Encouragement / Exhortation / Comfort

Encouragement Exhortation ComfortEncouragement / Exhortation / Comfort

Rom 1:12  “That is, that I may be encouraged together with you while among you, each of us by the other’s faith, both yours and mine.”

Etymology:

The Greek word for Encouragement is PARAKLESIS.

In Rom 1:12, Paraklesis is joined with the prefix of SUM to give us a Verb in the Aorist, Passive, Infinite – Sumparaklethenai – συμπαρακαλέω. This is a compound word made up of three words: Sum + Para + Kaleo

The Aorist views, the entirety of the action of encouragement.

The Passive voice says, Paul received encouragement

The Infinitive tells, us he continually received encouragement through fellowship with them.

sumparakaleo – συμπαρακαλέω [soom-par-ak-al-eh’-o]

The words Sum and Parakaleo mean; “to console jointly:—comfort together, to exhort together, passive, to be strengthened with:—encouraged together.”

Joseph Thayer Defines this as:

1) To call upon or invite or exhort at the same time or together.

2) To strengthen (comfort) with others.

Sumparakaleo means encouragement, as two or more parties come together.

Sum comes from the word σύν – sun,and is a primary preposition denoting; “unionwith or together (a close union), that is, by association, companionship. In compounds, it has similar applications, including completeness. It expresses association with:— accompany, along, associates, together.”

Παρακαλέω – parakaleoô [par-ak-al-eh’-o]

The words PARA and Kaleo mean; “to call near, that is, inviteinvoke (by implorationexhortation or consolation):—beseech, call for, (be of good) comfort, desire, (give) exhort (-ation), entreat, appeal, beg, comfort, conciliate, encourage, implore, plead, urge, etc.

Joseph Thayer Defines this as:

  • To call to one’s side, call for, summon.
  • To address, speak to, (call to, call upon), which may be done in the way of
    exhortation, entreaty, comfort, instruction, etc.
    a) To admonish, exhort.
    b) To beg, entreat, beseech.
    c) To console, to encourage, and strengthen by consolation, to comfort.
    d) To encourage, strengthen.
    e) Exhorting and comforting and encouraging.
    f) To instruct, teach.

παρα  –para [par-ah’ ]

Is a primary preposition meaning; “properly nearat (or in) the vicinity of (objectively or subjectively). In compounds, it retains the same variety of application:—above, against, among, at, before, by, contrary to, etc.”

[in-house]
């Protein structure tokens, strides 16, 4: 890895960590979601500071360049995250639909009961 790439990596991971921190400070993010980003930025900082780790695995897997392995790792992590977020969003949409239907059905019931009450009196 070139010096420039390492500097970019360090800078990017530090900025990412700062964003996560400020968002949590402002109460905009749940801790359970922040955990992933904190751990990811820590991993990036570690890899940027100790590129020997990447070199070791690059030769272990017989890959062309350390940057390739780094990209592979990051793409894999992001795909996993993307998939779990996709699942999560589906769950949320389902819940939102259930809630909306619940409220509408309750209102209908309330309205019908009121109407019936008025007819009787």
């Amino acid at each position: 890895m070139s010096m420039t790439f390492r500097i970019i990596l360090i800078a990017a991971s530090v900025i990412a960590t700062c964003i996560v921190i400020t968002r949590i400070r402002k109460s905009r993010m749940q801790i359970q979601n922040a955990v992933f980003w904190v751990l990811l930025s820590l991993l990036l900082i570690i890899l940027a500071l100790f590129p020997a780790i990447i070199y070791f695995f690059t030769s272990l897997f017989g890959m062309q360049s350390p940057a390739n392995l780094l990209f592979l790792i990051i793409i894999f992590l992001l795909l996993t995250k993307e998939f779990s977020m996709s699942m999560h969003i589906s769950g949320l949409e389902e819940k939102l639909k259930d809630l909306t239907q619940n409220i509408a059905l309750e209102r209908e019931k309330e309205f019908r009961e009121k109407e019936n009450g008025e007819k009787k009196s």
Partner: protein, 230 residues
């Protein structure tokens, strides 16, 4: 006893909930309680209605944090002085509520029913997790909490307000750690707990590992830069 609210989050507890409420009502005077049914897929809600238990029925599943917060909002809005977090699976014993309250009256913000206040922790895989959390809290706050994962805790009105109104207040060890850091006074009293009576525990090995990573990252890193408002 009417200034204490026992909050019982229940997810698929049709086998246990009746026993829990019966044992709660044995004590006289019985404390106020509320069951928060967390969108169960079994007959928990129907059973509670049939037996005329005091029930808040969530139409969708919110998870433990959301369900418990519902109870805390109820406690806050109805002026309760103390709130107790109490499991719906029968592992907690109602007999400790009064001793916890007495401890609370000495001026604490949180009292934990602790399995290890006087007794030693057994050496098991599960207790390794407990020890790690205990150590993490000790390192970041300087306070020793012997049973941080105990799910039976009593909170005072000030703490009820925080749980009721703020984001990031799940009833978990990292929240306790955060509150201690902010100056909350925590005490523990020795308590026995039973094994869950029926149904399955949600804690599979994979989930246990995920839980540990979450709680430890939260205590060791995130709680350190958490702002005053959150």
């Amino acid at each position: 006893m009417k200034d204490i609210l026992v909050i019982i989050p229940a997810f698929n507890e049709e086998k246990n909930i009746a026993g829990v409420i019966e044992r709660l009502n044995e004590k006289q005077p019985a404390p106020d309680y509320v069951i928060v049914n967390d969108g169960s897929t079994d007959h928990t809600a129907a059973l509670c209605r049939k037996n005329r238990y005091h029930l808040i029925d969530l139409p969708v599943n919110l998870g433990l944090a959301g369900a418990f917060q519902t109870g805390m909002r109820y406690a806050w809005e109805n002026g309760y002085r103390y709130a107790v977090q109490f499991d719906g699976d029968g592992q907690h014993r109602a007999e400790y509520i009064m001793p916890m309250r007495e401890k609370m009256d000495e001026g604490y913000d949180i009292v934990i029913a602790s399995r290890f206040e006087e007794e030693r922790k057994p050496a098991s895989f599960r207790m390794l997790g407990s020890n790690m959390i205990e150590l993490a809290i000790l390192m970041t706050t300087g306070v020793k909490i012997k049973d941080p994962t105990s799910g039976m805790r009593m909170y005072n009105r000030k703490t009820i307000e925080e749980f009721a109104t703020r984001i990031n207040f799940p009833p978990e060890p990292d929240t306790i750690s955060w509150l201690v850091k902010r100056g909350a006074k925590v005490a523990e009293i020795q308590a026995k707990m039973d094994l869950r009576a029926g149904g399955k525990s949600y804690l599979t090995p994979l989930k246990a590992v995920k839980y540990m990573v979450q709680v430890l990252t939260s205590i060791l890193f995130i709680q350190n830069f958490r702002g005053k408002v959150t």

καλέω– kaleoô [kal-eh’-o]

Is akin to the base of Keleuo, and is from the primary word Kello; “(to urge on); “hail”; to incite by word, that is, order:-bid, (at, give) command (-ment).”

Thus, kaleo comes to mean; “to “call” (properly aloud, but is used in a variety of applications, directly or otherwise):—bid, call (forth), (whose, whose sur-) name (was [called]).”

Principles of Encouragement

Encouragement is from and based on God.  Rom 15:1-6; Phil 2:1-2; Heb 6:18 

Heb 6:18  “So that by two unchangeable things  (Promise to Abraham and the oath which rests on the very being of God)   in which it is impossible for God to lie, we who have taken refuge would have strong encouragement to take hold of the hope set before us.”

Pastors and all believers are to encourage with the Word. Act 15:31-32; 2 Tim 4:2; Tit 1:9; 2:15; Rom 15:4

Acts 15:31-32   “Judas and Silas, also being prophets themselves, encouraged and strengthened the brethren with a lengthy message.”

2 Tim 4:2  “Preach the word; be ready in season and out of season; reprove, rebuke, exhort, with great patience and instruction.”

Titus 1:9  “Holding fast the faithful word which is in accordance with the teaching, so that he (the Pastor-Teacher) will be able both to exhort in sound doctrine and to refute those who contradict.”

Titus 2:15   “These things speak and exhort and reprove with all authority.  Let no one disregard you.”

Rom 15:4   “For whatever was written in earlier times was written for our instruction, so that through perseverance and the encouragement of the Scriptures we might have hope.”

Our faith and love for the Lord encourages others. We encourage others by the demonstration of our faith. Acts 27:27-38; Judges 20:22; 1 Sam 23:16; Rom 1:12; Col 2:1-8; 4:11; Phil 2:19; 1 Thess 3 – all

Dan 11:1  “In the first year of Darius the Mede, I arose to be an encouragement and a protection for him.” 

Phil 2:19   “But I hope in the Lord Jesus to send Timothy to you shortly, so that I also may be encouraged when I learn of your condition.” 

Judges 20:22   “But the people, the men of Israel, encouraged themselves and arrayed for battle again in the place where they had arrayed themselves the first day.” 

1 Sam 23:16  “And Jonathan, Saul’s son, arose and went to David at Horesh, and encouraged him in God.”

We are to encourage one another to serve. Act 18:27; 1 Cor 16:12

Acts 18:27  “And when he wanted to go across to Achaia, the brethren encouraged him (Apollos) and wrote to the disciples to welcome him; and when he had arrived, he greatly helped those who had believed through grace, 28for he powerfully refuted the Jews in public, demonstrating by the Scriptures that Jesus was the Christ.” 

1 Cor 16:12   “But concerning Apollos our brother, I encouraged him greatly to come to you with the brethren; and it was not at all his desire to come now, but he will come when he has opportunity.”

There is a spiritual gift of encouragement, the gift of exhortationRom 12:8This individual will counsel, comfort, warn, and advise his fellow brethren.

Romans 12:8 (NASB),”or he who exhorts, in his exhortation; he who gives, with liberality; he who leads, with diligence; he who shows mercy, with cheerfulness.